- The future of the AAP should be sustained through regular, annual relief grants
- And the regulation of media content should be strengthened and overseen by a single entity
“2020 [saw] the best and the worst of Australia’s media,” the MEAA has observed.
“Australians have relied on journalists and news outlets [in 2020] in a way that hasn’t been experienced in many years.
“It has shown public interest reporting at its finest,” the MEAA adds.
However, the MEAA, in its dot-points of desires for the Senate inquiry, it observes that a paradox exists where while news organisations are breaking new ground in public interest journalism and reporting, economic declines among news organisations remain a part of a stark reality in the journalism industry, as evidenced in a decade-long trend.
And just like with the News Media Bargaining Code Bill, the presence and impact of digital giants such as Facebook and Google looms large.
Previously, layoffs of editorial positions in the thousands have occurred in the last ten years, and 1000 of those job losses in 2020 alone, which the MEAA has tied into the influence of digital publishing as well as a lack of diversity in the mass media in Australia.
“The loss of these journalists, sub-editors, photographers and other positions – and in many cases the mastheads that once employed them – means fewer outlets are covering matters of public interest and significance. In our view this has led to a dangerous fall in media diversity,” the organisation added.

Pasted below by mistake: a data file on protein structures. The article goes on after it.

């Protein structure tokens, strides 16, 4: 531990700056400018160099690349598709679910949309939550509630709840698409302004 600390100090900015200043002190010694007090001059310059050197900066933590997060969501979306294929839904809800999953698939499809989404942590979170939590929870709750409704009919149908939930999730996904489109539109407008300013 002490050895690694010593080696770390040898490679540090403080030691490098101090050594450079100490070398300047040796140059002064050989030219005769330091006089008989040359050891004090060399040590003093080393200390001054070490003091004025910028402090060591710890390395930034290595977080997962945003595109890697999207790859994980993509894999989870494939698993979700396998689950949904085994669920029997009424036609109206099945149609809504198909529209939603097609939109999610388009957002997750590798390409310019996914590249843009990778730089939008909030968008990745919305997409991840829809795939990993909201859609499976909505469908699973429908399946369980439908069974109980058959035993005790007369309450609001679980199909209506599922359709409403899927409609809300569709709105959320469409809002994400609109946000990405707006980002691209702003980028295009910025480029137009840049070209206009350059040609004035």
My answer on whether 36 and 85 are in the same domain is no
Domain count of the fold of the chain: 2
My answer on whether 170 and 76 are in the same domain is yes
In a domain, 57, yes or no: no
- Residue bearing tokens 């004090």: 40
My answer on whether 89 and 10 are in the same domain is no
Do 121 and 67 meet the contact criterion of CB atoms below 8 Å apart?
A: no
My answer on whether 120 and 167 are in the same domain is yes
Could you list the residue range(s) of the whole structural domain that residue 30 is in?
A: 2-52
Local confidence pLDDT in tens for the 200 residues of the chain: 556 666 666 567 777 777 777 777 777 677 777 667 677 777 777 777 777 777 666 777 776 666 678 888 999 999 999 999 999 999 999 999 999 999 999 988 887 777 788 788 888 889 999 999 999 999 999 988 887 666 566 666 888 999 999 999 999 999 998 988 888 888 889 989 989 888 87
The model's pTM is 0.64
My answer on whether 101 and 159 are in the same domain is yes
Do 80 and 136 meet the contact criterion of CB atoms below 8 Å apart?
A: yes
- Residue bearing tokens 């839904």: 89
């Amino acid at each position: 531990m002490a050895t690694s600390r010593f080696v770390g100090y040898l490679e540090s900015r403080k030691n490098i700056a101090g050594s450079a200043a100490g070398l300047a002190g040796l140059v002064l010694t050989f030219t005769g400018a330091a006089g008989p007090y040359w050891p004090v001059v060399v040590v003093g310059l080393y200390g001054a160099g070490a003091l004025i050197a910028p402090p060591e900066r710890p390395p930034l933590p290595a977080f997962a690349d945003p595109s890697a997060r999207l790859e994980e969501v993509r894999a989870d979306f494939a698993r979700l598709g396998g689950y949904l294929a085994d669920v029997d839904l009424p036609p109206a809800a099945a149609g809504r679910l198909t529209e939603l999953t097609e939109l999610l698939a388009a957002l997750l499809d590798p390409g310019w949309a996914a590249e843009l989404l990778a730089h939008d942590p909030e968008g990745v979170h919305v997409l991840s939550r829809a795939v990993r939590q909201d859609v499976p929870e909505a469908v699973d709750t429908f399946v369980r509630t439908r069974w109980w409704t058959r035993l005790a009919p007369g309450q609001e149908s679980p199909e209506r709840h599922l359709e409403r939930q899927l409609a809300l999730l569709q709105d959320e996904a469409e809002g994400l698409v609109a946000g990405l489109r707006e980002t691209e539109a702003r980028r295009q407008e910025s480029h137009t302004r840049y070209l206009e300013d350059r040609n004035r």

Moreover, the MEAA is also concerned with the lack of ethical conduct of media organisations, and in the mainstream in particular, and has tied this into the lack of diversity and competition therein.
“The power of the few is not always wielded in a responsible or ethical way. In some instances, it has led to a rise in news coverage where the veracity of content is often untested and where ‘balance’ in news reporting can equate to the publication of meritless or misleading arguments,” the MEAA stated.
The MEAA has also implored that integrity issues – particularly in the reputation around the tabloid culture represented in the mainstream media – need to be discussed in the Senate inquiry, or any debate on media reform.
“In a truly plural media environment, the capacity of one voice to steer public opinion in a particular way is limited. In Australia, getting one powerful voice offside can have damaging consequences,” the MEAA stated.
“Where too few voices dominate the media landscape, journalists have reduced job options and might be forced to stay at an outlet because of a lack of opportunities.
“In order to keep their jobs, some inevitably feel pressured to abide by editorial preferences they might not be comfortable with, or which run contrary to the MEAA Journalist Code of Ethics,” the MEAA added.
The Senate inquiry, as well as debates on the News Media Bargaining Code Bill, could occur at any time after the federal Parliament reconvenes from its summer break as early as February 2, subject to a drafting of an agenda of items.
Nonetheless, these two legislative matters – and the MEAA’s potential to use its influence upon shaping them – illustrate that media reform areas will emerge as a hot-button topic throughout 2021.